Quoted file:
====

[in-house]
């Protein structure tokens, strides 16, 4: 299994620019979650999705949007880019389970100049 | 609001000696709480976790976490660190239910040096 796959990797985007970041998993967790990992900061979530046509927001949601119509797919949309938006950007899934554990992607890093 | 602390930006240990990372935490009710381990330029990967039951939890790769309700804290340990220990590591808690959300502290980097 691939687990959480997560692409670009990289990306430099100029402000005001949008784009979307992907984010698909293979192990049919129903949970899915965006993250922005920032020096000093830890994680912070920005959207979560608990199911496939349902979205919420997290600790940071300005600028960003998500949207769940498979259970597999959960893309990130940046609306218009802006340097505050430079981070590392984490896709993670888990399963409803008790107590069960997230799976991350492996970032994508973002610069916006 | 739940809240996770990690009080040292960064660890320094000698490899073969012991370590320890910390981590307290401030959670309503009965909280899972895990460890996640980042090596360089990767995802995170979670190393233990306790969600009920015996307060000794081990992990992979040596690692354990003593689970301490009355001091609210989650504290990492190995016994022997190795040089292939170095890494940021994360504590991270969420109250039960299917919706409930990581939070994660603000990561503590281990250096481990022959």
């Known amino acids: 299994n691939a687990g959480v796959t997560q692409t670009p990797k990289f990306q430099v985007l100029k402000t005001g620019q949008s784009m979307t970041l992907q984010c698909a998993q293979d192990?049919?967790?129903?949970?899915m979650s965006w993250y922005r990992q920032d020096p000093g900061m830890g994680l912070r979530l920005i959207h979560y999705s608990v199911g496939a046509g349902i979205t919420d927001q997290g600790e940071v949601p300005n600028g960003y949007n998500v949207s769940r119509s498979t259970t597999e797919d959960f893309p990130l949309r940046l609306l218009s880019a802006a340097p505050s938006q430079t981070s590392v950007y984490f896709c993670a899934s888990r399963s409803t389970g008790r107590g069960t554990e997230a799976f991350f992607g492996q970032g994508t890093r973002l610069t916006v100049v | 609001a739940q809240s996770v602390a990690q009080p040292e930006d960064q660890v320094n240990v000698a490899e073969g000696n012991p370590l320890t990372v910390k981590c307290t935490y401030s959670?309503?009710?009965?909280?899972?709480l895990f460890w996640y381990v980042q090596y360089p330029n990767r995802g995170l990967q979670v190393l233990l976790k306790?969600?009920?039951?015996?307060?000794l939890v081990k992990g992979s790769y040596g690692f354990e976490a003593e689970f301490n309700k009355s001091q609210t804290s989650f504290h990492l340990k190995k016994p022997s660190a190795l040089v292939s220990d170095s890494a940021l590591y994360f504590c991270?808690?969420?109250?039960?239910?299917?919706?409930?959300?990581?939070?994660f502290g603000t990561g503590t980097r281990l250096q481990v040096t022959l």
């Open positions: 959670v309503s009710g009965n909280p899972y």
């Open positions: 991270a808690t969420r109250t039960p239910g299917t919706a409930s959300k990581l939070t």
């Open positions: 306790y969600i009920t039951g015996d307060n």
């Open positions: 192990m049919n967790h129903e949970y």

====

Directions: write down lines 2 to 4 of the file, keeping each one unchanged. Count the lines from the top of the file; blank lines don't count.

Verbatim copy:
């Protein structure tokens, strides 16, 4: 299994620019979650999705949007880019389970100049 | 609001000696709480976790976490660190239910040096 796959990797985007970041998993967790990992900061979530046509927001949601119509797919949309938006950007899934554990992607890093 | 602390930006240990990372935490009710381990330029990967039951939890790769309700804290340990220990590591808690959300502290980097 691939687990959480997560692409670009990289990306430099100029402000005001949008784009979307992907984010698909293979192990049919129903949970899915965006993250922005920032020096000093830890994680912070920005959207979560608990199911496939349902979205919420997290600790940071300005600028960003998500949207769940498979259970597999959960893309990130940046609306218009802006340097505050430079981070590392984490896709993670888990399963409803008790107590069960997230799976991350492996970032994508973002610069916006 | 739940809240996770990690009080040292960064660890320094000698490899073969012991370590320890910390981590307290401030959670309503009965909280899972895990460890996640980042090596360089990767995802995170979670190393233990306790969600009920015996307060000794081990992990992979040596690692354990003593689970301490009355001091609210989650504290990492190995016994022997190795040089292939170095890494940021994360504590991270969420109250039960299917919706409930990581939070994660603000990561503590281990250096481990022959």
């Known amino acids: 299994n691939a687990g959480v796959t997560q692409t670009p990797k990289f990306q430099v985007l100029k402000t005001g620019q949008s784009m979307t970041l992907q984010c698909a998993q293979d192990?049919?967790?129903?949970?899915m979650s965006w993250y922005r990992q920032d020096p000093g900061m830890g994680l912070r979530l920005i959207h979560y999705s608990v199911g496939a046509g349902i979205t919420d927001q997290g600790e940071v949601p300005n600028g960003y949007n998500v949207s769940r119509s498979t259970t597999e797919d959960f893309p990130l949309r940046l609306l218009s880019a802006a340097p505050s938006q430079t981070s590392v950007y984490f896709c993670a899934s888990r399963s409803t389970g008790r107590g069960t554990e997230a799976f991350f992607g492996q970032g994508t890093r973002l610069t916006v100049v | 609001a739940q809240s996770v602390a990690q009080p040292e930006d960064q660890v320094n240990v000698a490899e073969g000696n012991p370590l320890t990372v910390k981590c307290t935490y401030s959670?309503?009710?009965?909280?899972?709480l895990f460890w996640y381990v980042q090596y360089p330029n990767r995802g995170l990967q979670v190393l233990l976790k306790?969600?009920?039951?015996?307060?000794l939890v081990k992990g992979s790769y040596g690692f354990e976490a003593e689970f301490n309700k009355s001091q609210t804290s989650f504290h990492l340990k190995k016994p022997s660190a190795l040089v292939s220990d170095s890494a940021l590591y994360f504590c991270?808690?969420?109250?039960?239910?299917?919706?409930?959300?990581?939070?994660f502290g603000t990561g503590t980097r281990l250096q481990v040096t022959l």
């Open positions: 959670v309503s009710g009965n909280p899972y």